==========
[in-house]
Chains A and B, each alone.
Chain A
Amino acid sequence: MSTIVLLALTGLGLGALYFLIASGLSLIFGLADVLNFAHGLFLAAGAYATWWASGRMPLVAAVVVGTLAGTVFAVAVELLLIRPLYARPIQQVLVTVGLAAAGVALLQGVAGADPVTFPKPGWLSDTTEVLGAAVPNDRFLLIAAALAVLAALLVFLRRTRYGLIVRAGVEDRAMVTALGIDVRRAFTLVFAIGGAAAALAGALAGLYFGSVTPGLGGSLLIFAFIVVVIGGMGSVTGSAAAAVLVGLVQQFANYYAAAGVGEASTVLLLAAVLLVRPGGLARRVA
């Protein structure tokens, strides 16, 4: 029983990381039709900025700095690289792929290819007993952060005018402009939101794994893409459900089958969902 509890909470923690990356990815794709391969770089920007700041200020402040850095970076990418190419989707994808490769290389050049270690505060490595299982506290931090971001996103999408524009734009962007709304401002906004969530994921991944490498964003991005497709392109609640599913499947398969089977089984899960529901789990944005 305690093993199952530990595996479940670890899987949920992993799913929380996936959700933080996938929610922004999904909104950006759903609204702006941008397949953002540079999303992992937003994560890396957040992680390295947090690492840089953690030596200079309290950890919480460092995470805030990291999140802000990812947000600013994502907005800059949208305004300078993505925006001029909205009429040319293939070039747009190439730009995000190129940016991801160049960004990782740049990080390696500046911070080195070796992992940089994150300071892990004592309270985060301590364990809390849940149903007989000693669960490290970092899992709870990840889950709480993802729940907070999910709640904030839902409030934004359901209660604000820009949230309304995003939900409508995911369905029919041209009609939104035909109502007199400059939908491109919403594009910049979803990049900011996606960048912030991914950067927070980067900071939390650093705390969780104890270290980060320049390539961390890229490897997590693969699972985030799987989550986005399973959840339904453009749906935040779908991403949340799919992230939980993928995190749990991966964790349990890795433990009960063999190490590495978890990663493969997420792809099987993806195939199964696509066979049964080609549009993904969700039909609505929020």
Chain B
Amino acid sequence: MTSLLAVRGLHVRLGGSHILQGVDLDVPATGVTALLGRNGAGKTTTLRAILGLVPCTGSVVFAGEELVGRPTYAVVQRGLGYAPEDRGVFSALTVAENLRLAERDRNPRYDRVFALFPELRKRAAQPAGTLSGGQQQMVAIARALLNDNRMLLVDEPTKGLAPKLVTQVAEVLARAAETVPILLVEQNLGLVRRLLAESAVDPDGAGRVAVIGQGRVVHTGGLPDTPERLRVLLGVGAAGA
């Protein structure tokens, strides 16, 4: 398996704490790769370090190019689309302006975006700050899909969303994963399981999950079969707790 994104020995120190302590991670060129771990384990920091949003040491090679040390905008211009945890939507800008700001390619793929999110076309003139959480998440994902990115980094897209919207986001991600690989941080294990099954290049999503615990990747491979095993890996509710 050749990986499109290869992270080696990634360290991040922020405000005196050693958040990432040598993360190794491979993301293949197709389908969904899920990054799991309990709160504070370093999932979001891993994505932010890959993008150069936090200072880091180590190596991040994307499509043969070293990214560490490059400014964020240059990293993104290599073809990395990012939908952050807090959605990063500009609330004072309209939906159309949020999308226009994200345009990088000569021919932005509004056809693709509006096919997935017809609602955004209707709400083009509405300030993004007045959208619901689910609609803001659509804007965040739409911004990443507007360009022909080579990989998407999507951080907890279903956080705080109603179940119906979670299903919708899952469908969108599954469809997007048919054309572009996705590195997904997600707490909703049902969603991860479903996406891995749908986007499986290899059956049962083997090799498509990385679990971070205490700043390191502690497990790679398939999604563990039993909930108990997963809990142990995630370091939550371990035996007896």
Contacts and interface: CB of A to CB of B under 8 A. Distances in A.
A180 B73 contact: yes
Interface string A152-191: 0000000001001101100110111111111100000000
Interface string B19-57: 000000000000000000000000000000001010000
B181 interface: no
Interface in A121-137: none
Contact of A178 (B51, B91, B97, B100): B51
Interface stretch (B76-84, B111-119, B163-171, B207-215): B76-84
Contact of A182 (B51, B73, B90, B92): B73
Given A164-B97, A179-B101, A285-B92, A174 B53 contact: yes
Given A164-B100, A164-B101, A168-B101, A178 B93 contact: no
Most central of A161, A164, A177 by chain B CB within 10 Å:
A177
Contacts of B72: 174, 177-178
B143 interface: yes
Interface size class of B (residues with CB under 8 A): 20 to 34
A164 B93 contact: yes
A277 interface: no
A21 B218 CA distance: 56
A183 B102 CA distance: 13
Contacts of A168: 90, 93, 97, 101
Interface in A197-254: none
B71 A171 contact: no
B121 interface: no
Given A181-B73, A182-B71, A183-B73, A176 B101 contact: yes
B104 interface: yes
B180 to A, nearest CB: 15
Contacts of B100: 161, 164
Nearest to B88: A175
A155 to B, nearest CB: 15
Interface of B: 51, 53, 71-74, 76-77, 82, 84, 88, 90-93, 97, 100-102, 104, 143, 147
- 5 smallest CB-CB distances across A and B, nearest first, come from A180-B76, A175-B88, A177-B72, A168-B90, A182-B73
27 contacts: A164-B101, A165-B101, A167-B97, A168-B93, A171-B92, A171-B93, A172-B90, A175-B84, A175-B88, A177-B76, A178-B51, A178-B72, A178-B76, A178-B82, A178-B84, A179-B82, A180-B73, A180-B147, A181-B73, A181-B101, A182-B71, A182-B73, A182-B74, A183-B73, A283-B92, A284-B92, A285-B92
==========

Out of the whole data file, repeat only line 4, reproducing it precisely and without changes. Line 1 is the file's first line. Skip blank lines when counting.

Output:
Amino acid sequence: MSTIVLLALTGLGLGALYFLIASGLSLIFGLADVLNFAHGLFLAAGAYATWWASGRMPLVAAVVVGTLAGTVFAVAVELLLIRPLYARPIQQVLVTVGLAAAGVALLQGVAGADPVTFPKPGWLSDTTEVLGAAVPNDRFLLIAAALAVLAALLVFLRRTRYGLIVRAGVEDRAMVTALGIDVRRAFTLVFAIGGAAAALAGALAGLYFGSVTPGLGGSLLIFAFIVVVIGGMGSVTGSAAAAVLVGLVQQFANYYAAAGVGEASTVLLLAAVLLVRPGGLARRVA